• The Dominion (2006-01-16): CBC’s true colors discovers that the government-owned CBC is solicitous of the party in power in the government to the point of altering their logo to match the party color scheme. Surprised?

  • Paganarchy (2006-02-04): Serious Organised Crime? Ha Ha Ha! — a squad of clowns takes to the street to protest restrictions on freedom of speech and assembly around Parliament, and a copper stops them from entering Parliament to talk with their MPs:

    Our first port of call was to visit our MPs in the House Of Commons. Just through the security gate and whoa — the duty sergeant stopped us from going in. Alas, we were deemed not dignified enough by a copper calling himself the chief arbiter of style.

    As opposed to the grave dignity of a copper who has appointed himself the chief arbiter of style for the House of Commons and taken it upon himself to make sure the dress of visitors is up to his sartorial standards.

    Read the whole thing.

  • The North Eastern Federation of Anarchist Communists posts links to left-anarchist debate over the iterative Five Year Plan participatory economics.

  • Kevin Carson at the UnCapitalist Journal (2005-09-22): What Can Bosses Know? looks at mutualist anarchism, worker self-management, and the knowledge problems that afflict corporate as well as government bureaucracies. (Yeah, I know it’s from last September. But it’s good, and I just found it in the past couple weeks. Also, you may find it relevant in connection with the debate over Five Year Planning by iterated collective bargaining between the deputies of several massive federations in an appropriately participatory bureaucratic forum.)

    As Samuel Edward Konkin III (SEK3) of the Movement of the Libertarian Left said somewhere (I can’t find it—little help?) organizational inefficiency starts when you have one supervisor taking orders from another supervisor: that is, the point at which hierarchy replaces market contracting.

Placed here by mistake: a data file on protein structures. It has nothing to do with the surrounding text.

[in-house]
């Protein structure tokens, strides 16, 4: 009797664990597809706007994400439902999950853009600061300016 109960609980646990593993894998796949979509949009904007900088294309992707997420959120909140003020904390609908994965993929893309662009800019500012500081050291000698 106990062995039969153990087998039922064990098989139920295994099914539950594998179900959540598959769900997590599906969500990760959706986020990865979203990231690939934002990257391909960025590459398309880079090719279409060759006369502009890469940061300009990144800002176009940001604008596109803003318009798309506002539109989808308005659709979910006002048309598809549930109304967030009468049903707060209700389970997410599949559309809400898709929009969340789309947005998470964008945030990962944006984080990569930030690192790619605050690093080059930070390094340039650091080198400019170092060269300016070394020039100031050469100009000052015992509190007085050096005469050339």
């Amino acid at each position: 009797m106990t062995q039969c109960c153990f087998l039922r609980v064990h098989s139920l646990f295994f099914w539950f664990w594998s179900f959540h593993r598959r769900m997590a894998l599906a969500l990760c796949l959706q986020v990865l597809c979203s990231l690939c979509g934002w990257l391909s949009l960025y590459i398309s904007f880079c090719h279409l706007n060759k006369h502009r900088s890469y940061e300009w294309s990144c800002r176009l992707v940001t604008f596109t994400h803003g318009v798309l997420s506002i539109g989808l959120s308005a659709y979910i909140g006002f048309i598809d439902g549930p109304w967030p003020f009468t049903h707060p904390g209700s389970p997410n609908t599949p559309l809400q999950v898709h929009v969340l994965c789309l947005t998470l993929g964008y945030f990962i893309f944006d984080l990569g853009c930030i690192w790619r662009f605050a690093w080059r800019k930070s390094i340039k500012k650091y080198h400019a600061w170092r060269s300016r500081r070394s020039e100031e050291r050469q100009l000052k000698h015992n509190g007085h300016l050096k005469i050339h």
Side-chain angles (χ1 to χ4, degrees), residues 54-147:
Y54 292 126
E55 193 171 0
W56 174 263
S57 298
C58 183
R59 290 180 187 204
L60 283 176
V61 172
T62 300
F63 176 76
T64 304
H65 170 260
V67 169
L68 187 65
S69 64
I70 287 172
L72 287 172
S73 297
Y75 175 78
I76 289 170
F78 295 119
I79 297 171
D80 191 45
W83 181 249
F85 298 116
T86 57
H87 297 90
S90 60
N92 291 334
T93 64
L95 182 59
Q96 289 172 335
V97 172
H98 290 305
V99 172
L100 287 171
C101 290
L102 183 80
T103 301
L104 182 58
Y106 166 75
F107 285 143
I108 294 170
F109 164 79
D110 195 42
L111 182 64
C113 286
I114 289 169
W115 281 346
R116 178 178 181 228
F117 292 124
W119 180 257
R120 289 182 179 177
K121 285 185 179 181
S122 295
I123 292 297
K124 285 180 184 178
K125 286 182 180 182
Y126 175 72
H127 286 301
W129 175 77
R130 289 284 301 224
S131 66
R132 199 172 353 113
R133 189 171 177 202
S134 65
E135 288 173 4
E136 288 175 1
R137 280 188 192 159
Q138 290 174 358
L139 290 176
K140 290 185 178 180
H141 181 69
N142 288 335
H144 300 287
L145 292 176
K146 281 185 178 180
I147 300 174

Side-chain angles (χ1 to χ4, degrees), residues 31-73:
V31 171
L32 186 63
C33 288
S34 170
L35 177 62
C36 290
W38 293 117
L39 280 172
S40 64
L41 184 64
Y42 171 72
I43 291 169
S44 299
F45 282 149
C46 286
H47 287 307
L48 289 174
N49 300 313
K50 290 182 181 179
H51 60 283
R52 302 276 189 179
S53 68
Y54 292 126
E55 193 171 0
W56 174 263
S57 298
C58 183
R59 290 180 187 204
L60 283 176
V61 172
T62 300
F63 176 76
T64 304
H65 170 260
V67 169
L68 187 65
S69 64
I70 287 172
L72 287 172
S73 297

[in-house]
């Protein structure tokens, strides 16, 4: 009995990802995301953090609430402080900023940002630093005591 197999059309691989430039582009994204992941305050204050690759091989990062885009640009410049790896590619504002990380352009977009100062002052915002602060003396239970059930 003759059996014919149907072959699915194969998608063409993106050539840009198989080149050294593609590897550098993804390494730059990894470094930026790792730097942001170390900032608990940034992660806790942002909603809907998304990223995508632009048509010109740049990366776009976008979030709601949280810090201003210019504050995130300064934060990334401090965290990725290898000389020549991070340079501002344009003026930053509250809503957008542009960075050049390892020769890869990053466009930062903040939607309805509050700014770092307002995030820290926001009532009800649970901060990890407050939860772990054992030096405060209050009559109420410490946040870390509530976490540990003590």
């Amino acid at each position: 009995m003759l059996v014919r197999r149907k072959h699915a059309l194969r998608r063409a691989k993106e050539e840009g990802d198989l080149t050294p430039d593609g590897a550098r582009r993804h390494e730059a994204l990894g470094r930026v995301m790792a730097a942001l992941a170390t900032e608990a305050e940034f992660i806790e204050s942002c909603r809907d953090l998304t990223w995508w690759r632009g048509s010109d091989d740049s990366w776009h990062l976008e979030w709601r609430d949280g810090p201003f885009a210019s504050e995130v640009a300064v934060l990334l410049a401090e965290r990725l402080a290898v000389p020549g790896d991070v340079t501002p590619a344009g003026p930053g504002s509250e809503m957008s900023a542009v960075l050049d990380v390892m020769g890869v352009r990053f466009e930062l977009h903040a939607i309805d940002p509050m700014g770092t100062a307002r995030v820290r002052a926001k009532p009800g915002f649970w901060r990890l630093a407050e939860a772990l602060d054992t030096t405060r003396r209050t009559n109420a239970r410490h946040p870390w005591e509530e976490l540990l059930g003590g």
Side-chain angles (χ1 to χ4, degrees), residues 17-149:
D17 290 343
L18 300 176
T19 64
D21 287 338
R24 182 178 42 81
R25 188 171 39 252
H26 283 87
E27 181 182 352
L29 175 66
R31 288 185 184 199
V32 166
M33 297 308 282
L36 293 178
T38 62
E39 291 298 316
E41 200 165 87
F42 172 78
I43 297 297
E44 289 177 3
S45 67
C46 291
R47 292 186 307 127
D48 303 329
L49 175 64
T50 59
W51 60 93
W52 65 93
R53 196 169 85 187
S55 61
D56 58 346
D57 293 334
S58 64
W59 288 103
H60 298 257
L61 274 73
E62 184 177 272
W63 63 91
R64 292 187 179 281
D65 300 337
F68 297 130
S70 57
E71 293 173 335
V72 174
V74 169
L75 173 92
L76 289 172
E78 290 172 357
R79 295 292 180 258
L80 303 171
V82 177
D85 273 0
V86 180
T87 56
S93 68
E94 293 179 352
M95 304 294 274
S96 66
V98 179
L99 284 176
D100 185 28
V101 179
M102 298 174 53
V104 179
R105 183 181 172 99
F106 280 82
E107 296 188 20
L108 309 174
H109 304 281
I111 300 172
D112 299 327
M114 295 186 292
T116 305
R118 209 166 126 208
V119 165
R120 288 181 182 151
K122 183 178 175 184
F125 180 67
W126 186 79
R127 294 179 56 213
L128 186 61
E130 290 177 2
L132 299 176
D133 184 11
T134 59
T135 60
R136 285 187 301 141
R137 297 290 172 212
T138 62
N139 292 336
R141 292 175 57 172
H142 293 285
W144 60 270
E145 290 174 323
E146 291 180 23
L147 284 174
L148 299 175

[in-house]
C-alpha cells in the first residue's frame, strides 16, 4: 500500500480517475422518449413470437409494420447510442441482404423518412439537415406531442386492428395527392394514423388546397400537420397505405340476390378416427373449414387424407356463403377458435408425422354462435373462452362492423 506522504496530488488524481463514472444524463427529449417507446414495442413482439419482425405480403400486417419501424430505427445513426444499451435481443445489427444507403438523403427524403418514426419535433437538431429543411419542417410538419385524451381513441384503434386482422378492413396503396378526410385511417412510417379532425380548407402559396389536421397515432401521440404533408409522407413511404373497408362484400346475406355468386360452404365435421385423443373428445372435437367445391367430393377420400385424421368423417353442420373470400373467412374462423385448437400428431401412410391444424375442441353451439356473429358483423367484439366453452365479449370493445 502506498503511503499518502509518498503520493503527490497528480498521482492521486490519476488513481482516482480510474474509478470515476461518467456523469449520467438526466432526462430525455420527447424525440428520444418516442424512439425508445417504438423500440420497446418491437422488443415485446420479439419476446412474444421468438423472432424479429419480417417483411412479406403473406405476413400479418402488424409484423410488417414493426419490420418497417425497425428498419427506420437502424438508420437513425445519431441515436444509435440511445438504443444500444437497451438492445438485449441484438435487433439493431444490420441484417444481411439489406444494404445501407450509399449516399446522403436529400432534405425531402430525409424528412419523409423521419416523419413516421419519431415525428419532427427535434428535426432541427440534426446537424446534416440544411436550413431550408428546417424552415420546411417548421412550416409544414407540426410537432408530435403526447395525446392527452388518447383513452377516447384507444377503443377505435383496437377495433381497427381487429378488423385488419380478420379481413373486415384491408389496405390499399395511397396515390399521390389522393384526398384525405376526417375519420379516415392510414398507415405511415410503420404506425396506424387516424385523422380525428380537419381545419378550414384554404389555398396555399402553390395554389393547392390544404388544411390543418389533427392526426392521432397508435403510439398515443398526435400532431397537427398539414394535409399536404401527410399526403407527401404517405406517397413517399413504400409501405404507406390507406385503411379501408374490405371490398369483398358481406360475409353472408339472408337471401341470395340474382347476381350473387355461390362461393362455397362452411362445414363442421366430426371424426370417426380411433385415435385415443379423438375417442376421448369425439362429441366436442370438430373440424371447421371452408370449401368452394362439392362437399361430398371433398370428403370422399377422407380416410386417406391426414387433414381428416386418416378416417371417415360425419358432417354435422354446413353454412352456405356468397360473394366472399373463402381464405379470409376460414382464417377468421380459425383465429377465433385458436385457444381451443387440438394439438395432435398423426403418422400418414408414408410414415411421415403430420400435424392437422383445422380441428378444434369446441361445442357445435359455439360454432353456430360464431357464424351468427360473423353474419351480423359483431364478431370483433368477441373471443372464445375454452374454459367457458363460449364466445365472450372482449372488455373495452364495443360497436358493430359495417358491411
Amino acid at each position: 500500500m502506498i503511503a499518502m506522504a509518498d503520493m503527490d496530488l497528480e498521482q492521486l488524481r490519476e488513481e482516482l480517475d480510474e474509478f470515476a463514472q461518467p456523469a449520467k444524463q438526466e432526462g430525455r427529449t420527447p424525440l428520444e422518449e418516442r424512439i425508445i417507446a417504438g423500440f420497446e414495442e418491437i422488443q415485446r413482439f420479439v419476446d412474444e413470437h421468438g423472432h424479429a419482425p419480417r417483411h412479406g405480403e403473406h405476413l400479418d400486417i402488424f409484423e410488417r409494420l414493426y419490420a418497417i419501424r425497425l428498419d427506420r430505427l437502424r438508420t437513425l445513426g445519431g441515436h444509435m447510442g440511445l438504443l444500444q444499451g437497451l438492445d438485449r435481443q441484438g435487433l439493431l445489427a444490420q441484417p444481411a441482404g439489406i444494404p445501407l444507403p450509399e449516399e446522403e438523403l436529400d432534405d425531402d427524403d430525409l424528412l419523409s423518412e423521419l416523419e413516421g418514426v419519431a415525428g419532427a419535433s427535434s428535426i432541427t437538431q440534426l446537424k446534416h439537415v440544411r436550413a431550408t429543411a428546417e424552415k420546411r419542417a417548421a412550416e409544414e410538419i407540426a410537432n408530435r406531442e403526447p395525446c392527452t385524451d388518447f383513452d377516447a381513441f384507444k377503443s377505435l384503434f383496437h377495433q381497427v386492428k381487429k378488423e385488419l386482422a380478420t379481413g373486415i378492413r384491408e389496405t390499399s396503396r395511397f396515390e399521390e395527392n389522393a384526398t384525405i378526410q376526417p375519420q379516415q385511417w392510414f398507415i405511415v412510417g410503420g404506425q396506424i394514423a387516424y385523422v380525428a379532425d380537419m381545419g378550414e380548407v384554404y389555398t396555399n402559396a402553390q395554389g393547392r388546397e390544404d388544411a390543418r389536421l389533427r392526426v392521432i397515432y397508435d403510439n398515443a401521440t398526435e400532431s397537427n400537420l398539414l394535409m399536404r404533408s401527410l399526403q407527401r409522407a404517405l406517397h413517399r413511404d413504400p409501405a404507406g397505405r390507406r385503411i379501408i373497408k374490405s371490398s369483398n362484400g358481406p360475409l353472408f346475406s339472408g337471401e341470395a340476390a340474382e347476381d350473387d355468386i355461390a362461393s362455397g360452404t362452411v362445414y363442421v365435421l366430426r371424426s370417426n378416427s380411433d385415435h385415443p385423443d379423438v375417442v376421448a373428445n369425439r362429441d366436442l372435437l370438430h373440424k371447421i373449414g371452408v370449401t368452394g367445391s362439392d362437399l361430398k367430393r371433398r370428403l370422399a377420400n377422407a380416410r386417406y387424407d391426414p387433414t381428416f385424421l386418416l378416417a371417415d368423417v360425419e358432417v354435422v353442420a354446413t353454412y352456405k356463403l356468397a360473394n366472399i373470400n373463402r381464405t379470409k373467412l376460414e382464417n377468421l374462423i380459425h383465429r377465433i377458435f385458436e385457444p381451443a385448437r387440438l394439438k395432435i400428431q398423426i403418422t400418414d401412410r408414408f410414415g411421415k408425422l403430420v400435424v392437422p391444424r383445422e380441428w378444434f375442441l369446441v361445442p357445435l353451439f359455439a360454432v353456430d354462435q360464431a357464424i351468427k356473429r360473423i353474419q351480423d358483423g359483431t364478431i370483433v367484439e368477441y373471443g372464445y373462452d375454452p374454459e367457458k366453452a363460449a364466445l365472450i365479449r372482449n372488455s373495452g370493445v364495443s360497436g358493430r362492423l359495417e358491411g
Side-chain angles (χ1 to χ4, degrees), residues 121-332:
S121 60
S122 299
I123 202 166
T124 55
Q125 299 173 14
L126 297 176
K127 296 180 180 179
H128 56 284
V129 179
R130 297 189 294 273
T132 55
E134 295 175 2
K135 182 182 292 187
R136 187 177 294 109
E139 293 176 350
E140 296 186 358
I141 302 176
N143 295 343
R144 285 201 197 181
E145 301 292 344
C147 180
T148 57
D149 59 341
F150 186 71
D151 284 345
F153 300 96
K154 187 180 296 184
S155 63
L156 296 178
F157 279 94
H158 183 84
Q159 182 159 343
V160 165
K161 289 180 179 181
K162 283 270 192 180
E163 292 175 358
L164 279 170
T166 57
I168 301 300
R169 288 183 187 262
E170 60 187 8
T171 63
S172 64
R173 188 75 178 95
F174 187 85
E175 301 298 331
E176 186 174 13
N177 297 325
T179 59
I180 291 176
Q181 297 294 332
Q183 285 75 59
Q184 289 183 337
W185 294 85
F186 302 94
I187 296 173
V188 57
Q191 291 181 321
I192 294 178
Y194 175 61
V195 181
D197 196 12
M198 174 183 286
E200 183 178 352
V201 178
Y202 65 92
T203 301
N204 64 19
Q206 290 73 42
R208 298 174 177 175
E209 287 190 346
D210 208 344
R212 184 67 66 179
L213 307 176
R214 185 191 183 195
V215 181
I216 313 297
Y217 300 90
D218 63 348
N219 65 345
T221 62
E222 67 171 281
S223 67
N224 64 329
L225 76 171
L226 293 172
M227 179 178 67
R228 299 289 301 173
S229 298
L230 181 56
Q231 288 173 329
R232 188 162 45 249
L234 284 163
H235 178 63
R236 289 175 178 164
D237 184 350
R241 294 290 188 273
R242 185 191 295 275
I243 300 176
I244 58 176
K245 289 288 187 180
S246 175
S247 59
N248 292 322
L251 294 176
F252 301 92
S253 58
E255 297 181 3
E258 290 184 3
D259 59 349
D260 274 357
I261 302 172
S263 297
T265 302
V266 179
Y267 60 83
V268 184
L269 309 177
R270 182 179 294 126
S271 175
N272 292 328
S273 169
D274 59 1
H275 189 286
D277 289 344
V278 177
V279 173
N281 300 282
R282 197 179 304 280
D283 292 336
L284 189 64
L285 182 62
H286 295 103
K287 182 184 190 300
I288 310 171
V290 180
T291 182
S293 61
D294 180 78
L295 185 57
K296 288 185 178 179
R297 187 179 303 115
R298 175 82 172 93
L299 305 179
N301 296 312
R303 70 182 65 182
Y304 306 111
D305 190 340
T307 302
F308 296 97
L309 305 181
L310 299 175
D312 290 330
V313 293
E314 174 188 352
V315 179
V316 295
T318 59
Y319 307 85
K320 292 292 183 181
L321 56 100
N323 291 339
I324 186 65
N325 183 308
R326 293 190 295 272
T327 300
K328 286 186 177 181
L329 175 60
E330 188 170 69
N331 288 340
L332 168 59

… The central problem is that, since the costs of tracking the results of individual decisions becomes prohibitively expensive in a large organization, market incentives must be replaced by administrative ones. Milton Friedman pointed out long ago that people do a better job of spending money on themselves than on other people, and do better spending their own money than other people’s money. That’s the standard, and correct, libertarian argument for why government is so inefficient. It’s spending other people’s money on other people; and unlike a private firm not only can it not go out of business for inefficiency, it gets rewarded with more money. Well, the very same incentive problems apply to the decision-maker in a corporate hierarchy. He’s a steward of other people’s money, and the costs and benefits of any decision he makes can be determined only badly, if at all. Unlike a self-employed actor whose relations with others are mediated by the market, he is motivated by purely administrative incentives.

    — Kevin Carson at the UnCapitalist Journal (2005-09-22): What Can Bosses Know?

  • Russell Roberts at Cafe Hayek (2006-02-09): We Don’t Make Anything Anymore takes on the factory protectionists over the state of industry in America. The worriers like to complain that we don’t make anything anymore. America is being hollowed out. Soon we’re going to be left doing one another’s laundry. Boy, will we be poor then. The problem is an old one: the heavy-industry hand-wringers are measuring the inputs, not the outputs. When you look at the stuff actually being produced, rather than the number of people employed or the size of the pile of resources invested in producing it, you’ll find that we’re making more stuff than ever. (I’d add that there are lots of reasons to worry about what happens to heavy-industry workers as they lose their jobs. And that Roberts’ summary and selective swipes at the unions are unwarranted. But the basic point is well-taken. Our aims should not be to prop up an elaborate industrial make-work program.)

  • David Friedman, Ideas (2006-02-09): Unschooling: The Advantage of the Real World: One point raised in comments on my recent unschooling post was that you sometimes have to do things you don’t like, a lesson we can teach our children by making them study things they are not currently interested in studying. It is an interesting point, and I think reflects a serious error. Friedman challenges would-be educators to help students expose themselves to the natural consequences of effort and fortitude, rather than imposing make-work punishments and rewards on them in order to teach them a lesson where the incentives bear no natural relation to the task at hand. Read the whole thing.